Octopus flatbread with ricotta, olives, honey, pickled caper shoots and thyme

Octopus flatbread with ricotta, olives, honey, pickled caper shoots and thyme

Another favourite for the day was the crab and green chilli Gözleme and cheese fondue that was a kind of stuffed chapati, wonderfully crispy and buttery. I know cheese and crab sounds like a strange combination and although the restaurant calls it a fondue, I would say it’s more like a cheese sauce. The combination really works.

Crab and green chilli Gözleme & cheese fondue

Crab and green chilli Gözleme & cheese fondue

We also tried the short rib flatbread, which was also lovely and the crispy pomegranate-glazed lamb breast, which was also very nice.

Yes I know, we sound like gluttonous beasts… no shame there I guarantee you. And yes, we could barely walk and had no space for dessert (definitely need another visit!). And we rolled into work with the mental capacity of a goat. I feel not a hint of regret. If anything, I left feeling slightly annoyed that I work so close to this place and hadn’t tried it before. I will be back and it will be soon.

This is what I call a 5 stars place. It is 5 stars not because it produces Michelin-starred food or it houses Damien Hirt’s art suspended from the ceiling, nor it is housed in a 5-star hotel. It is 5 stars because it delivers 5-star quality food in tandem with what it promises to deliver. It is meant to deliver delicious carefully-crafted Turkish food and does exactly that. Not more, not less. Furthermore, it is honest both with respect to what it offers and how much it charges. It is what I call a ‘well worth it’ £50 meal (for one, with wine), and one of the best I have had recently.

Where: Shoreditch, London

Cuisine: Turkish, small plates

Type: Restaurant

Occasion: Lunch or dinner

Price: On the pricey side but good value

Rating: 5 stars

Would I go again? Yes, already booked

 

Inside Saboriccia
Food Drink Cooking

A week of Portuguese gastronomy

Happy New Year, dear blog readers!

2015 ended with a familiar picture – a week in the city of Porto, in the north of Portugal. I unreservedly LOVE this city. Not only because I was born here and lived here for over 25 years, but because it is genuinely one of the top cities in Europe to visit. It has everything: tradition and culture, sea and sand, river, architecture, rich history, lots of sunshine and, of course, beautiful food. I won’t dwell too much on all the positive aspects of this city or go into too much detail about food in Porto – that would need a whole series of blog posts. What I want to do is give you a little glimpse of this last food week, using photos I took (when I remembered!).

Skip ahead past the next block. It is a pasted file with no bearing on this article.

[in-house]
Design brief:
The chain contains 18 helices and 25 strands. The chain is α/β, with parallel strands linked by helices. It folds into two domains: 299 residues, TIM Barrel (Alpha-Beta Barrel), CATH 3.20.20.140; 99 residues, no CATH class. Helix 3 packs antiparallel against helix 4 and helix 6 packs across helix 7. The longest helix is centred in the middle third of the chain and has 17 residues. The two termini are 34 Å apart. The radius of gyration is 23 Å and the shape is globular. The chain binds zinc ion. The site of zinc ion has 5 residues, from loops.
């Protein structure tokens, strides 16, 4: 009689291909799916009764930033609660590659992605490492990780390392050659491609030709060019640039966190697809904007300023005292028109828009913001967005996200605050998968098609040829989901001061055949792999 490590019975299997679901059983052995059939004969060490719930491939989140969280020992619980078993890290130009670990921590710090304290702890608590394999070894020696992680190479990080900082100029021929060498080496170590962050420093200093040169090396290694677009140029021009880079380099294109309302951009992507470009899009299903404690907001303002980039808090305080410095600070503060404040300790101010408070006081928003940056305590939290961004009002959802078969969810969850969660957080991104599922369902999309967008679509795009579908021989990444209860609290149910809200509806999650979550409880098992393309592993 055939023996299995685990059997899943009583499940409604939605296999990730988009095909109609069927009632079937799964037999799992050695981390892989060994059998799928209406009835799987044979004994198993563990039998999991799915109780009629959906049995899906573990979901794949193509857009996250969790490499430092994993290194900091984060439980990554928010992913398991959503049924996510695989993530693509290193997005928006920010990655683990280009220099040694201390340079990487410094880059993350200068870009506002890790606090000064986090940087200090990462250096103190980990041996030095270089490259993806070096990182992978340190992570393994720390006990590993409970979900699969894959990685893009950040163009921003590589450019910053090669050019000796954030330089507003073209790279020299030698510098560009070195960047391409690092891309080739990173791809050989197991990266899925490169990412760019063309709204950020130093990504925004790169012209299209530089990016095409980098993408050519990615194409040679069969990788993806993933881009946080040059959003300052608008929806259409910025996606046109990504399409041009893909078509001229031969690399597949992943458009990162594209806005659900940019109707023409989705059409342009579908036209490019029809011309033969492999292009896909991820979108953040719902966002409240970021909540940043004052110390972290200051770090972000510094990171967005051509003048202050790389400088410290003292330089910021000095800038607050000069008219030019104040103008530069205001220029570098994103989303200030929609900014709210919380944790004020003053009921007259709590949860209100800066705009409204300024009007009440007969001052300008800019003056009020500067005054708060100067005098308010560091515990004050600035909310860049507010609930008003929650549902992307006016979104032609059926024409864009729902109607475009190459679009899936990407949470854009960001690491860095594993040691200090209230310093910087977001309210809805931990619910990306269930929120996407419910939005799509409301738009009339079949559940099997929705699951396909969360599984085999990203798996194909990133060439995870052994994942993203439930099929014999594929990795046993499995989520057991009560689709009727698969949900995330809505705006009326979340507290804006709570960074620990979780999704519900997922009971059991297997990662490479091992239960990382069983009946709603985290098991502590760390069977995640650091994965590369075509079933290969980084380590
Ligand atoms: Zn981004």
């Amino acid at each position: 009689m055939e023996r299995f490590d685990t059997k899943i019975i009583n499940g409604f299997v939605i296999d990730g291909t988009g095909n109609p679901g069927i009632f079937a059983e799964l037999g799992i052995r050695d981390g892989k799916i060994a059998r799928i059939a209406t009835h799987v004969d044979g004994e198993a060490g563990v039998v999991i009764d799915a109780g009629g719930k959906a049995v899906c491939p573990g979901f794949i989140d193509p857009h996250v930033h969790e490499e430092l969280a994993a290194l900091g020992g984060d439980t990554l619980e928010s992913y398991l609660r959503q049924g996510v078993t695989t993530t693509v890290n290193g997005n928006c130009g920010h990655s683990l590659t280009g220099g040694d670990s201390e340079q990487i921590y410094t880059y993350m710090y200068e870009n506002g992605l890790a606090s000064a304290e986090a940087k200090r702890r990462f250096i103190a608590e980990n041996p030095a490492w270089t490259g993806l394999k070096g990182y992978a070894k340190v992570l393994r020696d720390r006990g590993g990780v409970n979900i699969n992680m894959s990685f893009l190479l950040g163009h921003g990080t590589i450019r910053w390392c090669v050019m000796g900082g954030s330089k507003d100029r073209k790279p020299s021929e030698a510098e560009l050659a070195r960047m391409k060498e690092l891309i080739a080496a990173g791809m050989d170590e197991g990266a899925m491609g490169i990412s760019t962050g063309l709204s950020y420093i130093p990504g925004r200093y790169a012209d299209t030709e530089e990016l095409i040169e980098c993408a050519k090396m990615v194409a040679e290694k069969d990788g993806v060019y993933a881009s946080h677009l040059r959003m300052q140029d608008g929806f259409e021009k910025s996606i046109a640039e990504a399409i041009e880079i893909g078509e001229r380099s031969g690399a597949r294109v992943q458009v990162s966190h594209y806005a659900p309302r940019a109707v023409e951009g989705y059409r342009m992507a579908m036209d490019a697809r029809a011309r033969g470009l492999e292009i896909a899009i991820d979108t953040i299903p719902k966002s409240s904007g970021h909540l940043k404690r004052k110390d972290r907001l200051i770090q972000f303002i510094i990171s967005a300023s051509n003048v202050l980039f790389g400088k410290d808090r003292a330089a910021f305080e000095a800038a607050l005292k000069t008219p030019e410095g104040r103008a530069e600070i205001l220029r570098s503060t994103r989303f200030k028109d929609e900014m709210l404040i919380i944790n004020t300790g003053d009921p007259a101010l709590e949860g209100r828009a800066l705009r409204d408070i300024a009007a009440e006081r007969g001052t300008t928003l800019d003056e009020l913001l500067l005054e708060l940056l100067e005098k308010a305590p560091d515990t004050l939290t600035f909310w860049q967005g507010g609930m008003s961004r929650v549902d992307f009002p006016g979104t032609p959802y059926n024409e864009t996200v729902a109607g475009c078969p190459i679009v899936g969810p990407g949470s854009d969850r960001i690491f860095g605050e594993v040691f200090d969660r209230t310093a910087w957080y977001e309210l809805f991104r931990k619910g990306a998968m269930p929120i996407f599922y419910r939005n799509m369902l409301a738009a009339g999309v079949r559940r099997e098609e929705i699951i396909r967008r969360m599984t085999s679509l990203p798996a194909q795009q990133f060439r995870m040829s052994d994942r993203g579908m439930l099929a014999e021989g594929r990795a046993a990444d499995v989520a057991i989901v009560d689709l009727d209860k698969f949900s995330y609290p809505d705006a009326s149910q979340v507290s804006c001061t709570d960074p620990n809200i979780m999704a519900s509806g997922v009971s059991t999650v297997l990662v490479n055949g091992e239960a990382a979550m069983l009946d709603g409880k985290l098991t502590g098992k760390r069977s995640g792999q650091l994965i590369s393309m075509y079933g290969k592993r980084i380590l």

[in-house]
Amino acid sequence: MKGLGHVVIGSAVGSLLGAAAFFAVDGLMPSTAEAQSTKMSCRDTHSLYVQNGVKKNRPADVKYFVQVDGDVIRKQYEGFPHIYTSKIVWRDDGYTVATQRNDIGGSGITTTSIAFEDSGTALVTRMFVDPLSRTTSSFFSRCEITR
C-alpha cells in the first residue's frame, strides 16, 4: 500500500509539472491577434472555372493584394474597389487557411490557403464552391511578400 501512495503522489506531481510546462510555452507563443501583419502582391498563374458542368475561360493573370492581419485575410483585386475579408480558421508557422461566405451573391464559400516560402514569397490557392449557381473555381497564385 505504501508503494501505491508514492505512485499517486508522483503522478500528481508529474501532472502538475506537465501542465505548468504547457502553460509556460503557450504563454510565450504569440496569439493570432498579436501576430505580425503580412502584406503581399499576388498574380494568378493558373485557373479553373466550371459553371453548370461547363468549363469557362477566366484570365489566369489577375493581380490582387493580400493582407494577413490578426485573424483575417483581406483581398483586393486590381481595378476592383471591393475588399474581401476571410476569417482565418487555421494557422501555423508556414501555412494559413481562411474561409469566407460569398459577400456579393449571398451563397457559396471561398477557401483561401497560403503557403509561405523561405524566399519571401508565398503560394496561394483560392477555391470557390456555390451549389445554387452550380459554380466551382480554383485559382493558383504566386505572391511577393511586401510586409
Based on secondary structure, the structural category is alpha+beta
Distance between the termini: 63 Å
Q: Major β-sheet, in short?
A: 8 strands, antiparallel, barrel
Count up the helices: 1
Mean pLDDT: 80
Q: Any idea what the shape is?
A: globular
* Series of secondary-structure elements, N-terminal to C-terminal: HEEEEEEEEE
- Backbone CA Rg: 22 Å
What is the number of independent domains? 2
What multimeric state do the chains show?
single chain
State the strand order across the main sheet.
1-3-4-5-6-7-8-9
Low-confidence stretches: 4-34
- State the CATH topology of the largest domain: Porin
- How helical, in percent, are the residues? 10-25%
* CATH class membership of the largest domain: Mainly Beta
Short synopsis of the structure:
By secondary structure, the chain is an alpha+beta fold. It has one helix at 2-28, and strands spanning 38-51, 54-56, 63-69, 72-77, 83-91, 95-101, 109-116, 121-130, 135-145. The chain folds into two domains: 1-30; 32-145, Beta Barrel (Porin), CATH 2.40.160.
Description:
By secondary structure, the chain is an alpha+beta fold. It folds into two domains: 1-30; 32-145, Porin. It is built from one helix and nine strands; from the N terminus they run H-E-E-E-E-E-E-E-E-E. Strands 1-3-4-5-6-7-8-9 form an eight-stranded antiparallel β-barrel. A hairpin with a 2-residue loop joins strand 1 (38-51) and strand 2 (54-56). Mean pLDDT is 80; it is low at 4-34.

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Reviews, UK

Jeremy’s

Inside Jeremy's

Inside Jeremy’s

We had been meaning to try this 2-Rosette awarded restaurant set in the grounds of Borde Hill Garden (West Sussex) for a while. We have eaten at its younger sister Café Elvira a few times but were always intrigued by the more luxurious Jeremy’s just next door. In the surrounding villages, Jeremy’s seemed to be well-liked and was often mentioned by locals as a place to go.

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London, Reviews

Taberna do Mercado

 

As a Portuguese person living in England and working in London I was really excited to hear about Nuno Mendes’s new place in East London. Taberna do Mercado is a little tavern-evoking restaurant serving typical Portuguese food. And for once, it really promised typical Portuguese food and not some adaptation, even though it has been upgraded to a more fine dining level. I had to go try it and soon!

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London, Reviews

Rosa’s Thai Cafe

Rosa's Carnaby Street

Rosa’s Carnaby Street

A friend of mine who lived in the Far East told me that when it comes to Thai food, Rosa’s is not far from what you get in Thailand. Many of the foreign foods we get served in our countries get ‘localised’ (for lack of a better word), so when someone tells you there is Thai food in London that resembles food served in Thailand – you pay attention. Inevitably I had to try it and I have been 3 times since.

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The Man Behind the Curtain sign
Reviews, UK

The Man Behind the Curtain